Visions MDI

The Mobile Data Initiative - more digital innovation

Digital telephony sounds like a direct cousin of the digital world of computing. What could be easier than using a digital telephone to send a computer's digital data? Yet the vast majority of data transfers today take place over analogue lines. This is because the digitalisation of telephony is still in early stages in many countries. ISDN is far from widespread. The plain old telephone system (POTS) is still the ubiquitous form of transmission. Only in one area is digital technology taking the lead: GSM mobile telephony in Europe. The Mobile Data Initiative (MDI) was formed by a cross-industry group of companies to promote this advantage.

In terms of technology, the GSM telephone system is a world leader. Designed specifically for Europe, it is now in use in over 50 countries world-wide. Within Europe it provides a multi-country, compatible system with a fast, reliable service over large areas of northern, western and central Europe. It makes roaming totally transparent with calls handed from one national system to another. A wide range of telephones for the GSM system is now available and almost all companies also produce digital conversion cards in PC Card format for notebook PCs.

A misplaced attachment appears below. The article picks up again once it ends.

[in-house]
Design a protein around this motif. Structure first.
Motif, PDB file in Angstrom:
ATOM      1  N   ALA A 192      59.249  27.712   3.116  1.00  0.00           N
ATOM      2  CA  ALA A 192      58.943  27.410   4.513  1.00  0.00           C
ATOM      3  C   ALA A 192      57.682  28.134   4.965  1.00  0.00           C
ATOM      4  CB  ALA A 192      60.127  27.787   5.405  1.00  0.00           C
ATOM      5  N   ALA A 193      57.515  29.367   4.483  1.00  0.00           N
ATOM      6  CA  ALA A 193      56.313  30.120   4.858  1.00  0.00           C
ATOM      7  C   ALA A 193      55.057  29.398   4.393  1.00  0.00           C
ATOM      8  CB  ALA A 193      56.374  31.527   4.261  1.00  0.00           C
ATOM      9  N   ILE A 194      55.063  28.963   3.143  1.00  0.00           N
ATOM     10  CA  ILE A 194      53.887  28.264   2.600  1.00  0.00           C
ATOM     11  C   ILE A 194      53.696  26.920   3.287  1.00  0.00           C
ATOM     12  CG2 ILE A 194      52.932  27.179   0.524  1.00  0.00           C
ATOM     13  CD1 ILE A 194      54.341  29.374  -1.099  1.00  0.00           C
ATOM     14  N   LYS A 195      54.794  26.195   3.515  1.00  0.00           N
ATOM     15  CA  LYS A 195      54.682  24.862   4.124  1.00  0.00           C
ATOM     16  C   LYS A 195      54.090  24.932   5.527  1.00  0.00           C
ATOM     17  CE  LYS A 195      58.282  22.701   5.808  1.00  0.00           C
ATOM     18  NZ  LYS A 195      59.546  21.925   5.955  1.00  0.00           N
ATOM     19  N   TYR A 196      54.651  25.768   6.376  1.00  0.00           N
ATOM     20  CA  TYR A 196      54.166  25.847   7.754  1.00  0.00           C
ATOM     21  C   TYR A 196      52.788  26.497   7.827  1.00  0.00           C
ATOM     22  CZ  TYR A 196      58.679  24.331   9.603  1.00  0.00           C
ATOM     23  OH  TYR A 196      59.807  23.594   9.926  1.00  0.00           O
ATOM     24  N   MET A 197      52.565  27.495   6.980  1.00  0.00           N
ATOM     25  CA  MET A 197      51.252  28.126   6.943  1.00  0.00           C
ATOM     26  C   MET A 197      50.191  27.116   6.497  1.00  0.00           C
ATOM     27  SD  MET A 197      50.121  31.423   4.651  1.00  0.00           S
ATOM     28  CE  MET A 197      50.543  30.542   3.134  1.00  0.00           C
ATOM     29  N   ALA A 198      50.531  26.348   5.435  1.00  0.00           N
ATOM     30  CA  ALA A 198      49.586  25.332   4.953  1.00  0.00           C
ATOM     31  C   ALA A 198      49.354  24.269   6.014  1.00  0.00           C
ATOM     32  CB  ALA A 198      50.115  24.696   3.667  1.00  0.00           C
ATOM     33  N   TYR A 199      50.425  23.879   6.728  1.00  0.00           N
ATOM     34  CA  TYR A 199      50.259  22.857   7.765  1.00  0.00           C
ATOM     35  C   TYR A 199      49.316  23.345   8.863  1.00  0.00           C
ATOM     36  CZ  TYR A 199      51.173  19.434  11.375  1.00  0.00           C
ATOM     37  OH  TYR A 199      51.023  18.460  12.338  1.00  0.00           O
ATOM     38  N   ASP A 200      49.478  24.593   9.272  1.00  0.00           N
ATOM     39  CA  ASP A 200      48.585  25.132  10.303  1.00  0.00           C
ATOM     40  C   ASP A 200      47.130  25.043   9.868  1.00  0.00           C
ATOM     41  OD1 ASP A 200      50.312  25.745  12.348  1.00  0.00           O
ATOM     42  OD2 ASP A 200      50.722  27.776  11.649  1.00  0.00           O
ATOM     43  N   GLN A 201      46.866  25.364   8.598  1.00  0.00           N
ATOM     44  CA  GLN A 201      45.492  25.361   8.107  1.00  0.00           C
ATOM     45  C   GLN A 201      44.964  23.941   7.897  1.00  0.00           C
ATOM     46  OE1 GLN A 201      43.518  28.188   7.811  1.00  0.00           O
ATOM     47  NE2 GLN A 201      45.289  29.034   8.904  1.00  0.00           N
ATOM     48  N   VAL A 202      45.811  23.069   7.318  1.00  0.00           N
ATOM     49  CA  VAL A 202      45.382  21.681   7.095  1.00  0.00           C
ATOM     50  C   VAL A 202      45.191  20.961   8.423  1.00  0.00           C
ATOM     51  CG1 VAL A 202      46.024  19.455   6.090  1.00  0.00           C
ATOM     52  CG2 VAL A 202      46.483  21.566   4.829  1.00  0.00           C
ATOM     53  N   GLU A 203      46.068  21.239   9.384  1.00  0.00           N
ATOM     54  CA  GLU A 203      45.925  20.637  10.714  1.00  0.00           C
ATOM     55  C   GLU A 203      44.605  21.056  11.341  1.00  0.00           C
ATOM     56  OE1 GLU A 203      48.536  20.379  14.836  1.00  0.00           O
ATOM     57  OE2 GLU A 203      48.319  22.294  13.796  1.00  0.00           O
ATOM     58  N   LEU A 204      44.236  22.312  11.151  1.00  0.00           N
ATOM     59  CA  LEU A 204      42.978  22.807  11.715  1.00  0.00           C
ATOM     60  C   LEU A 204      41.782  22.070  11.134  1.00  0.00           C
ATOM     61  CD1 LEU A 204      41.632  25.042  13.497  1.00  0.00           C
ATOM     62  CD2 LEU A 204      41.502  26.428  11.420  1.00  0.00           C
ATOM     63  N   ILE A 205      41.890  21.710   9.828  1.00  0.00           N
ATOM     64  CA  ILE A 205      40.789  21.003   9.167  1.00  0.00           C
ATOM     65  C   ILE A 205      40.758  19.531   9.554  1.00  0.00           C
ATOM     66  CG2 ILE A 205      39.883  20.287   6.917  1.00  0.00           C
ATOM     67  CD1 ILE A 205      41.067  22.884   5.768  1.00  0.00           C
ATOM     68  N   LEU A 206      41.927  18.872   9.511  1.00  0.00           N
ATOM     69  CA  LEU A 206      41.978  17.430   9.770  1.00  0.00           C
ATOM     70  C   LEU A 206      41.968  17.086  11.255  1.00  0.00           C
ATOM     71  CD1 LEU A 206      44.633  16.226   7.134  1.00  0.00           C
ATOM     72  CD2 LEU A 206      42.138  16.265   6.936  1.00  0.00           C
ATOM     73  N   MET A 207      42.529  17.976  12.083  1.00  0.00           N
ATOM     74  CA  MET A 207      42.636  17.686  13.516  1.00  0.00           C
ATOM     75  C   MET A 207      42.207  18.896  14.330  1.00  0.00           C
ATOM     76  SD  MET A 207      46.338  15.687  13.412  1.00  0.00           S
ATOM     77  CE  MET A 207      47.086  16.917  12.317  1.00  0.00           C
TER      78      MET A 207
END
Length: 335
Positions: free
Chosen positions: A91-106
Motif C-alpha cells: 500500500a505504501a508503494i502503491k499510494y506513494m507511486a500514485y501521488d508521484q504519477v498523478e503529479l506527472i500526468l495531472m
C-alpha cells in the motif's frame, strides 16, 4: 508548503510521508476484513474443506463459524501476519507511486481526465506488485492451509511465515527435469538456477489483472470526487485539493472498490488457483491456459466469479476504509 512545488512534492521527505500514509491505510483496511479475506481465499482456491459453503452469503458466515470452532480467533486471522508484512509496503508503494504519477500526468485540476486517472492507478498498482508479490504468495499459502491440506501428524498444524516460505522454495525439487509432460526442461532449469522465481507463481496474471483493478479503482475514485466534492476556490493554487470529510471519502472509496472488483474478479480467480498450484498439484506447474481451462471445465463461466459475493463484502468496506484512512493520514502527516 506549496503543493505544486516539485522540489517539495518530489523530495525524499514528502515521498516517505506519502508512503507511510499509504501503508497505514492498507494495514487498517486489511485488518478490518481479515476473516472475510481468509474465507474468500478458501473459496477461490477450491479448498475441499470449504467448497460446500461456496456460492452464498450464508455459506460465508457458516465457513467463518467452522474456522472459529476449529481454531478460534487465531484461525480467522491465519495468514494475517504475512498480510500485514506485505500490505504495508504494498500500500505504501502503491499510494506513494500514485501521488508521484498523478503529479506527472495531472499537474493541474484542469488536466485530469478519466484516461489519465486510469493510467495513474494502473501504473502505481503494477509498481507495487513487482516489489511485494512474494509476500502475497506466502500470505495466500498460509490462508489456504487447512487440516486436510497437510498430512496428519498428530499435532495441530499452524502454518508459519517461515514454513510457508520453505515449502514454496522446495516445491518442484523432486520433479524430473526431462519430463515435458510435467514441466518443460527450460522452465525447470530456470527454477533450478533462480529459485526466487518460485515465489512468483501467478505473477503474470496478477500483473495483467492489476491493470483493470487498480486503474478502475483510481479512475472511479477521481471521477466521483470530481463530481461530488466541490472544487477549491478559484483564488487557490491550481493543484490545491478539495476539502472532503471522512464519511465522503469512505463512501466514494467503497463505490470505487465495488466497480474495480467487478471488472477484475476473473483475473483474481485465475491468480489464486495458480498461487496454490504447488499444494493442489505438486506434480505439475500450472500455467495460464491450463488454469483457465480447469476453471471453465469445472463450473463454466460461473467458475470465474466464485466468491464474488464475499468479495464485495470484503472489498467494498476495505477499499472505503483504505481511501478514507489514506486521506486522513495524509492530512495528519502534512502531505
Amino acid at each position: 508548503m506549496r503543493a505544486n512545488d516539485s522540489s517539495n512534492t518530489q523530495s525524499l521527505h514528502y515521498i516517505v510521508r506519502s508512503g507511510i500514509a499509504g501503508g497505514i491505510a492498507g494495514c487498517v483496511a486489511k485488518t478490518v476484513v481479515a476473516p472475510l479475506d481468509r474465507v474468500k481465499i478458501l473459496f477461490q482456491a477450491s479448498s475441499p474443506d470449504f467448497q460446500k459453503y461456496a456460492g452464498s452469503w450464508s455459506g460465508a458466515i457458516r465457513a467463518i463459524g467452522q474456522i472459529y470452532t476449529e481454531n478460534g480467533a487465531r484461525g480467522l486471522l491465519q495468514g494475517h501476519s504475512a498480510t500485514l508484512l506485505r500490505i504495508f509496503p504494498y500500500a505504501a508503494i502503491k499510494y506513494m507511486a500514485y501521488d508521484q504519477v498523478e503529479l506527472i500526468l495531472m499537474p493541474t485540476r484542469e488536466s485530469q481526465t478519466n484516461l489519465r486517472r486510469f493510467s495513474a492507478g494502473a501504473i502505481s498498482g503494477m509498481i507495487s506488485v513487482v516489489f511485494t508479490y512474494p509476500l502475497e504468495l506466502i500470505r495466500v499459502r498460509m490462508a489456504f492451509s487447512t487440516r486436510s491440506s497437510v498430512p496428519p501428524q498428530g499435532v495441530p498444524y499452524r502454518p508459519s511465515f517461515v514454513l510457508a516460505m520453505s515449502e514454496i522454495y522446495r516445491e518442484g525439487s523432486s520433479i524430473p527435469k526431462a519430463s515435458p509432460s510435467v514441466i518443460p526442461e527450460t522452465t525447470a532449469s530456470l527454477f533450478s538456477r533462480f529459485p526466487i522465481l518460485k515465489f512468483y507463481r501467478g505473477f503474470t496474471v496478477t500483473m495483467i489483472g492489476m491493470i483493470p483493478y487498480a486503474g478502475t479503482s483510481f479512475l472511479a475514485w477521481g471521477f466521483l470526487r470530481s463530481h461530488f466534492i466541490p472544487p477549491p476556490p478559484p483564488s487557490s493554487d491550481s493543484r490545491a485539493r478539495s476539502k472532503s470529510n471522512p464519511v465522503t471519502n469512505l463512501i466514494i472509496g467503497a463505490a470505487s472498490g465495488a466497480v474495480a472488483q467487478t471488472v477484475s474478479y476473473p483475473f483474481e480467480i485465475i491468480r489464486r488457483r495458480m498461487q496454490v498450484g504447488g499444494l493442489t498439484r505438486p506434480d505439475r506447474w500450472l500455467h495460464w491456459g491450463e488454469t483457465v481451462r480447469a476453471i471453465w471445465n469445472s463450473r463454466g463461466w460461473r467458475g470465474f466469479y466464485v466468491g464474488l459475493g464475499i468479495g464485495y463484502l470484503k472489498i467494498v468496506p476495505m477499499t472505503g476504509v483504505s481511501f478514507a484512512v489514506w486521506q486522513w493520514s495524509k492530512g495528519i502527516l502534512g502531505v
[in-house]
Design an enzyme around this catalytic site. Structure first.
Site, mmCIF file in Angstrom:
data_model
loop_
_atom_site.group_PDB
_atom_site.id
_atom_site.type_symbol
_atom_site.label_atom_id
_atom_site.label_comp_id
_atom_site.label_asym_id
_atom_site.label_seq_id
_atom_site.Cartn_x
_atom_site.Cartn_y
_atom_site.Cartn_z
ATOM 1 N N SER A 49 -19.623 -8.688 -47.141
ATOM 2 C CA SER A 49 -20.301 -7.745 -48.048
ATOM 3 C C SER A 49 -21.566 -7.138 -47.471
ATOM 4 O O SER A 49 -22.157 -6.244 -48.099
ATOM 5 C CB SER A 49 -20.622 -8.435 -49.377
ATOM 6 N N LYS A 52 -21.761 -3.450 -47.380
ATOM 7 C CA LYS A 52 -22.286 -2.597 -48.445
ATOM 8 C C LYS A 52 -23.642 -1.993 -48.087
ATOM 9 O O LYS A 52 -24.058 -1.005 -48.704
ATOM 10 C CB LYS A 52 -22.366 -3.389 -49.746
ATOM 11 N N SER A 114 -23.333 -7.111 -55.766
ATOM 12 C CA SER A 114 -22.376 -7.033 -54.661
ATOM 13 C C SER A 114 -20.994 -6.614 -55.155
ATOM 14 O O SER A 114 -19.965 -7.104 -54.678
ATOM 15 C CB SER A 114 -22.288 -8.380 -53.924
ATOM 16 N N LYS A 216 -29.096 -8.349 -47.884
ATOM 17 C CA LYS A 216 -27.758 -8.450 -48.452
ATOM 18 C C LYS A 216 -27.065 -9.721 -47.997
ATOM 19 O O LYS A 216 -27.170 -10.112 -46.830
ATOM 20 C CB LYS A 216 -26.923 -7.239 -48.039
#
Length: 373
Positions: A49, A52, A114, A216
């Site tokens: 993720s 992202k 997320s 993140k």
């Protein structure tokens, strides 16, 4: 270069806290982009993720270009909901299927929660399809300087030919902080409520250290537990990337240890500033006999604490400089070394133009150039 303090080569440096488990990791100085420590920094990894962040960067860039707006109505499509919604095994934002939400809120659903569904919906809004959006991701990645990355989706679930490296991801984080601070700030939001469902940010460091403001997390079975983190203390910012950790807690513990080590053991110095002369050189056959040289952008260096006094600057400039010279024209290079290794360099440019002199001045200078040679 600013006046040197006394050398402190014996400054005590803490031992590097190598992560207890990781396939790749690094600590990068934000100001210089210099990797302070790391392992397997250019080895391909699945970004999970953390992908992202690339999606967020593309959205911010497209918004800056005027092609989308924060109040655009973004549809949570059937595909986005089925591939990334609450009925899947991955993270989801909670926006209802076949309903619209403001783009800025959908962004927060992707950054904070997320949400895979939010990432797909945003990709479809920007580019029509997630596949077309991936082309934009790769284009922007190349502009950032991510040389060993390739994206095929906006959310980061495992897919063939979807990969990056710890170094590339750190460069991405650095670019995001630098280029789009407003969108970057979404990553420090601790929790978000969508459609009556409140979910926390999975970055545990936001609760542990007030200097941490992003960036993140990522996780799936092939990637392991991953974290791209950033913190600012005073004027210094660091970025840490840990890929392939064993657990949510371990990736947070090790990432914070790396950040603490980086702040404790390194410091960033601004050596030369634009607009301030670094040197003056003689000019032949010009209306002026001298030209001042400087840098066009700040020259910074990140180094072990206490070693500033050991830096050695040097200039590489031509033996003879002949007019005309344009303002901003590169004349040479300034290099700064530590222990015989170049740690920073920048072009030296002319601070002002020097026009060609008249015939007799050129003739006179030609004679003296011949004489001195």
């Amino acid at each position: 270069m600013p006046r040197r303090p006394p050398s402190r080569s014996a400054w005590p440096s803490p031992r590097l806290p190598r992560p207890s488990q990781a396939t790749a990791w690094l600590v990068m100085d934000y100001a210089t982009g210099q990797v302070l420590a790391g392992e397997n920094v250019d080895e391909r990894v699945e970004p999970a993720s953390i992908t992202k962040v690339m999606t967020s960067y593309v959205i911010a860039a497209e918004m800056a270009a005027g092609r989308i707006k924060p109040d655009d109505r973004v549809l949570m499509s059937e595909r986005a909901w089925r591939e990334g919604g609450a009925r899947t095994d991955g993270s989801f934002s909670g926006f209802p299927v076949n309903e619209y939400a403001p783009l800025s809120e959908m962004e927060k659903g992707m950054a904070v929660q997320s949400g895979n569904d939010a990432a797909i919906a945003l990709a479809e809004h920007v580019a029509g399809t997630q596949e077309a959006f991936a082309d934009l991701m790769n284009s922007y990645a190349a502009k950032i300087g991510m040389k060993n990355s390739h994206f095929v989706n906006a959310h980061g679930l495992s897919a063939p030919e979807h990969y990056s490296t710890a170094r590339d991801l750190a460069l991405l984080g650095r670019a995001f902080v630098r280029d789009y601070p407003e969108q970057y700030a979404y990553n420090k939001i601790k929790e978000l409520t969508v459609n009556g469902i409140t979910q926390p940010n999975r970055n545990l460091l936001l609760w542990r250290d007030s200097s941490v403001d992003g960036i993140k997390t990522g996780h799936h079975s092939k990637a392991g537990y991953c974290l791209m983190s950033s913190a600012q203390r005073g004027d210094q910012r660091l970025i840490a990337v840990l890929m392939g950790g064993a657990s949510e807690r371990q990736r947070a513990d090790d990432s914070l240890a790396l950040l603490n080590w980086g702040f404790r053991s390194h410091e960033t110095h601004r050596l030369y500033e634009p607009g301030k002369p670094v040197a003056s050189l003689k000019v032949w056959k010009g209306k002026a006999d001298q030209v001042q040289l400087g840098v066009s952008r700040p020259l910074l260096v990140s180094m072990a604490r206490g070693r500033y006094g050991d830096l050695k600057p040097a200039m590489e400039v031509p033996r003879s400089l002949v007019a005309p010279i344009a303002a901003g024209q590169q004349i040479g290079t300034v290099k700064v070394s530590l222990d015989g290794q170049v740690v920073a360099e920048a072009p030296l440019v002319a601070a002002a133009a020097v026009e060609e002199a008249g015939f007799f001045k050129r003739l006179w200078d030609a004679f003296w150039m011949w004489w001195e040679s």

Digital statistics
According to Dataquest, Europe leads the world in mobile (wireless) digital voice transmissions with a subscriber base of 19 million in 1996, growing to 66 million by the year 2000. The US had just three million in 1996. Instead, the US has a large number of analogue systems. Americans, however, are much more likely to attach their notebooks to these mobile phones. One in three PCs sold in the USA is a mobile. In Europe it is one in five. As e-mail is one of the first uses of mobile connectivity, looking at license numbers is also informative. In 1995 7.5 million e-mail licenses were shipped in the USA. In Europe it was just 2.5 million. Despite this, workforce surveys show that Europe has 1.1 million more mobile professionals that the USA! Plainly European professionals are not exploiting mobile connectivity.